Pulling plug on water plan backed
South West Region MLC Sally Talbot has defended the State Government’s decision to abandon a $15 million water recycling scheme in Denmark.
The project, announced by the former Government in 2015, was set to limit treated effluent being dumped in Wilson Inlet, with a new pipeline allowing the water to irrigate the Denmark golf course and a new tree farm.
Ms Talbot said $1.5 million had been spent on the project so far.
“While I understand the community may be disappointed with this decision, the set of books left to us by the previous Liberal National Government has meant this project cannot proceed at this time,” she said. “It is important to point out that the Denmark Wastewater Treatment Plant contributes just 0.6 per cent of the total nutrient load entering Wilson Inlet each year, so the decision not to go ahead with the recycling project will not have any significant impact on the health of the inlet.
“The plant operates well within its licence conditions for treatment of wastewater and, as a result does a very effective job of removing nutrients from wastewater collected from local homes and businesses.”
Ms Talbot said issues surrounding the nutrient levels in Wilson Inlet were being addressed.
“Alternative mechanisms to reduce nutrient export into Wilson Inlet is being carried out through the $20 million Regional Estuaries Initiative led by the Department of Water and Environmental Regulation,” she said.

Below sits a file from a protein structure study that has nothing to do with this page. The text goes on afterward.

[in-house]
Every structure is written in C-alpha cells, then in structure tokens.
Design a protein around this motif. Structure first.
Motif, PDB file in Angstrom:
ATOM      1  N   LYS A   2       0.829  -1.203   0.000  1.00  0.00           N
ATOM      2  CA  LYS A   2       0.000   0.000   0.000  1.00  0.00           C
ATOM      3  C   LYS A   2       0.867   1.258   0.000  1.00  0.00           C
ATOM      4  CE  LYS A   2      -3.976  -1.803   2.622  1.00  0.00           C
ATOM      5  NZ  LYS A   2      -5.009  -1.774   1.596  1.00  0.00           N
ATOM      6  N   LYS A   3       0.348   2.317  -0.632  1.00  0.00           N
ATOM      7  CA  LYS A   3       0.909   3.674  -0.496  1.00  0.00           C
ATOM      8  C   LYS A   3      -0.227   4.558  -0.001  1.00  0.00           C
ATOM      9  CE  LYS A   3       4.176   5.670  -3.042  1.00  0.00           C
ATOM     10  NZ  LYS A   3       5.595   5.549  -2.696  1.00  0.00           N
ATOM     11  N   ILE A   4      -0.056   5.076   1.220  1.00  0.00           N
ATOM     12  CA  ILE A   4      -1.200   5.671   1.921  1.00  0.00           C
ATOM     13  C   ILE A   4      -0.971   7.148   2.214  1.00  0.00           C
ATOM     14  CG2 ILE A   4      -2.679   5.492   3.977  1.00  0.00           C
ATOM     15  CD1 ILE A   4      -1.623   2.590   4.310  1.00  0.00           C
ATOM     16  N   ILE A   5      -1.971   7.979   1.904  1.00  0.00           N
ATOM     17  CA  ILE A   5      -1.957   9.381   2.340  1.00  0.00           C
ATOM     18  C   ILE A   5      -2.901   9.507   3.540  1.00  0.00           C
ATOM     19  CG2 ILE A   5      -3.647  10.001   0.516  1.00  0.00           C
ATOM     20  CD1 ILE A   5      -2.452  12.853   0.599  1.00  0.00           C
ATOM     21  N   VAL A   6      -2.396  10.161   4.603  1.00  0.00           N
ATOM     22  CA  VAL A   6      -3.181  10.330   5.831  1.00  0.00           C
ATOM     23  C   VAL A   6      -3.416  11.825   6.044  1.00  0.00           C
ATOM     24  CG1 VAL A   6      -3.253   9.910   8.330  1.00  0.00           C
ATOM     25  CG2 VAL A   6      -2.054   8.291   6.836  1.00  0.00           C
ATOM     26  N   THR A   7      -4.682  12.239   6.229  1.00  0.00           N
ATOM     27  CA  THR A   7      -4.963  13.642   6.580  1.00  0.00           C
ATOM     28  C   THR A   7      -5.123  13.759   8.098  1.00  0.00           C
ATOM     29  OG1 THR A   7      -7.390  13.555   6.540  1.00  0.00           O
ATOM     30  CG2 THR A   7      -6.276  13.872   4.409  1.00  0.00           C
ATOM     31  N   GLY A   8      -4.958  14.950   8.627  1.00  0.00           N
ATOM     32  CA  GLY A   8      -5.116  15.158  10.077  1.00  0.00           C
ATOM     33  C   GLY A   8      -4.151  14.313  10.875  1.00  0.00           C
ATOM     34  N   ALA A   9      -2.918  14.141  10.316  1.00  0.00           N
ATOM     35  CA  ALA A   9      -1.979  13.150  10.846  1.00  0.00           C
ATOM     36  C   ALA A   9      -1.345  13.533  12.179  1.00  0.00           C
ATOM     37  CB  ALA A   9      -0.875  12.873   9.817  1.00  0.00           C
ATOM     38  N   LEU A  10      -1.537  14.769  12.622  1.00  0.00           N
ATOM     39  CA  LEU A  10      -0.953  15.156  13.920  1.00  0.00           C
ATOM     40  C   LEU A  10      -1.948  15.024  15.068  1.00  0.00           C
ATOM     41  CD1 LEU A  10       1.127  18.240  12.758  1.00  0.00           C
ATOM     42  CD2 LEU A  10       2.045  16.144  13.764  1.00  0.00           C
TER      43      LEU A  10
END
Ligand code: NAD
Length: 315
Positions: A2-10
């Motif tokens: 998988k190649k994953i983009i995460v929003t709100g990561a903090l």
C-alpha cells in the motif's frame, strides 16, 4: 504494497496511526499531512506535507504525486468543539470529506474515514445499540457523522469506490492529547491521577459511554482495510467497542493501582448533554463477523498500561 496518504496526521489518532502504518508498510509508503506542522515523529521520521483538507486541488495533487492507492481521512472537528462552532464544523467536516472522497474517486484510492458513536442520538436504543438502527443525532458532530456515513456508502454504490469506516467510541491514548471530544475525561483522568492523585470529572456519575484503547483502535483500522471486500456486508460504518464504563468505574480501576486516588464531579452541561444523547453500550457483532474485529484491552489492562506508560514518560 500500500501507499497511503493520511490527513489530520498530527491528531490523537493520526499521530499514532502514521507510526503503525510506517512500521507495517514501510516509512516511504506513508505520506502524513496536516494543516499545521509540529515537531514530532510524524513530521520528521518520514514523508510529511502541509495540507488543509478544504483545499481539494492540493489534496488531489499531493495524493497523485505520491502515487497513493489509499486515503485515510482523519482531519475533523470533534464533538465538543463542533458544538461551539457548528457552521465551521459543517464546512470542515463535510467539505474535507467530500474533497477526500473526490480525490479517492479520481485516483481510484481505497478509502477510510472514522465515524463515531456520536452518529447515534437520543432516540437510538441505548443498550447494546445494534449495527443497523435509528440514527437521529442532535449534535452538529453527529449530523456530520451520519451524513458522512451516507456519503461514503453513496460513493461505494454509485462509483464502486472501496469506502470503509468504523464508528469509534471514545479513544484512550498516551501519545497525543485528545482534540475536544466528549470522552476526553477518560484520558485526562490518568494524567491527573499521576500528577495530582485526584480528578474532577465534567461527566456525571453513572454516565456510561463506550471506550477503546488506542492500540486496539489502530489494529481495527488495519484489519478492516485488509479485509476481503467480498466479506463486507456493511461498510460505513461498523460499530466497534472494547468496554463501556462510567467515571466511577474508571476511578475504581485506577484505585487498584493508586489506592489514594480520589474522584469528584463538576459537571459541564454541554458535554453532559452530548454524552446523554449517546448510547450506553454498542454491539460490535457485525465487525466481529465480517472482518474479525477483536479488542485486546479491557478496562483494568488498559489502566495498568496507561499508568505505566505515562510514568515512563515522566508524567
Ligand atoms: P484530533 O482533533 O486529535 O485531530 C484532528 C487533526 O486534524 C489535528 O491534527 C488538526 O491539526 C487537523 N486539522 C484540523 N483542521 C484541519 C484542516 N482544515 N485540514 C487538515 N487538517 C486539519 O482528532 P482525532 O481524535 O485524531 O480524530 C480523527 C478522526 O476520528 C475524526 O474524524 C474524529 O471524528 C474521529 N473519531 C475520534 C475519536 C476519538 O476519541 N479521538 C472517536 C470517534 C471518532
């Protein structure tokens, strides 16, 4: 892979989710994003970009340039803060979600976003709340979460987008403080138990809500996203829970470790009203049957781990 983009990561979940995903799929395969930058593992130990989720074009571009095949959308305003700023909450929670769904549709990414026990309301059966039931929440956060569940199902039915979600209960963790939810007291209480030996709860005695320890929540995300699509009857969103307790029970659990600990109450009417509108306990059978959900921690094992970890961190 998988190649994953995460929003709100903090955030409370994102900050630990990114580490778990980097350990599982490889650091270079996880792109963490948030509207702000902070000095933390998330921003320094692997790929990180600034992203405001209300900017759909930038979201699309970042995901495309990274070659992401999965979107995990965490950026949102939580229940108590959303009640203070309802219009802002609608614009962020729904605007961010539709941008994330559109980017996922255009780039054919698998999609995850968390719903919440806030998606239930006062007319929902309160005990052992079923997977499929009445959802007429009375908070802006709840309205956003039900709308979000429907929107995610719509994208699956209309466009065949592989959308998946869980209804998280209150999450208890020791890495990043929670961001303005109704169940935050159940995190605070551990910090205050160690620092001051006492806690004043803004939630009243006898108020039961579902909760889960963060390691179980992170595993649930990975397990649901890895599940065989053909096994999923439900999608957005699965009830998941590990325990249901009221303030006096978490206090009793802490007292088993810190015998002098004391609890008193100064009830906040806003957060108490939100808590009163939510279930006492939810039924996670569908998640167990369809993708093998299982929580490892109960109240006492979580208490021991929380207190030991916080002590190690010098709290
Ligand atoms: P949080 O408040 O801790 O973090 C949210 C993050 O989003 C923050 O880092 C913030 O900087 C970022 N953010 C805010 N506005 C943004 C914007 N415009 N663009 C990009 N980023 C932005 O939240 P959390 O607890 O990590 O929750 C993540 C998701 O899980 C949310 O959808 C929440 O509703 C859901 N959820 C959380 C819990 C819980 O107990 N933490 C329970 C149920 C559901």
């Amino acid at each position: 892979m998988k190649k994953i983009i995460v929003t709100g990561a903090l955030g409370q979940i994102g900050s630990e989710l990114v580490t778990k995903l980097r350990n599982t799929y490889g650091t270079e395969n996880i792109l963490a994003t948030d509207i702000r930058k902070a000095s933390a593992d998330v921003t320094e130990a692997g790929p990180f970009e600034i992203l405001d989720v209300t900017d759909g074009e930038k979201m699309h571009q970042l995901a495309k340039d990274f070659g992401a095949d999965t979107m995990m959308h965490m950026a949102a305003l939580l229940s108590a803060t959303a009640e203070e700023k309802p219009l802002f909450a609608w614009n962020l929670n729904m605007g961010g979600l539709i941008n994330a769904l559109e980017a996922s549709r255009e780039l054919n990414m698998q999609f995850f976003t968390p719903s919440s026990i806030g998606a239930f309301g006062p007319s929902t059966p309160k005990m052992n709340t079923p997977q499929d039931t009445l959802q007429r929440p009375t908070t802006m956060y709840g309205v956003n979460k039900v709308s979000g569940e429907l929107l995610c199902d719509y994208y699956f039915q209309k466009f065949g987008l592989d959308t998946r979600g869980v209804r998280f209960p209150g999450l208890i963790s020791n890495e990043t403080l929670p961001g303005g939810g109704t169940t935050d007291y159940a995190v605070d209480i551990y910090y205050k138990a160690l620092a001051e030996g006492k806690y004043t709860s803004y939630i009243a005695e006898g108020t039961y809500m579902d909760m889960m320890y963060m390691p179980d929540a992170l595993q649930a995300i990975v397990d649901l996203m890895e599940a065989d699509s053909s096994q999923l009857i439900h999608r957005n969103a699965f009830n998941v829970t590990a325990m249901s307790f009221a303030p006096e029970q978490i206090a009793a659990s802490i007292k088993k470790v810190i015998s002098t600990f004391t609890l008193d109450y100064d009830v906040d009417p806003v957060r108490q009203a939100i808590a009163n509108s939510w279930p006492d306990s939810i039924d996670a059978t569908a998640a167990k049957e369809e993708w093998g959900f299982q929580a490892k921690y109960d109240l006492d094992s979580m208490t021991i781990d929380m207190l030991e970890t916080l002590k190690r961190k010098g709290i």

Member for Warren-Blackwood Terry Redman said it was disappointing to see the project go.
“That will be a significant issue for people in Denmark — there was a strong environmental push for the impact of that treated waste-water going into the estuary,” he said.
The Shire of Denmark has called for the funding to be reinstated.
“Not only did the scheme guarantee the future health of the Wilson Inlet, it also delivered a wonderful outcome for the Denmark Golf Club and WA College of Agriculture — Denmark that had planned to use the treated water to improve the playing surface and agricultural pastures,” Shire president David Morrell said.
“Whilst the Shire of Denmark understands that the State Government is facing a number of economic challenges, continuing to discharge treated effluent into our iconic inlet is something we cannot accept.
“We are calling upon the State Government to immediately review this project.”
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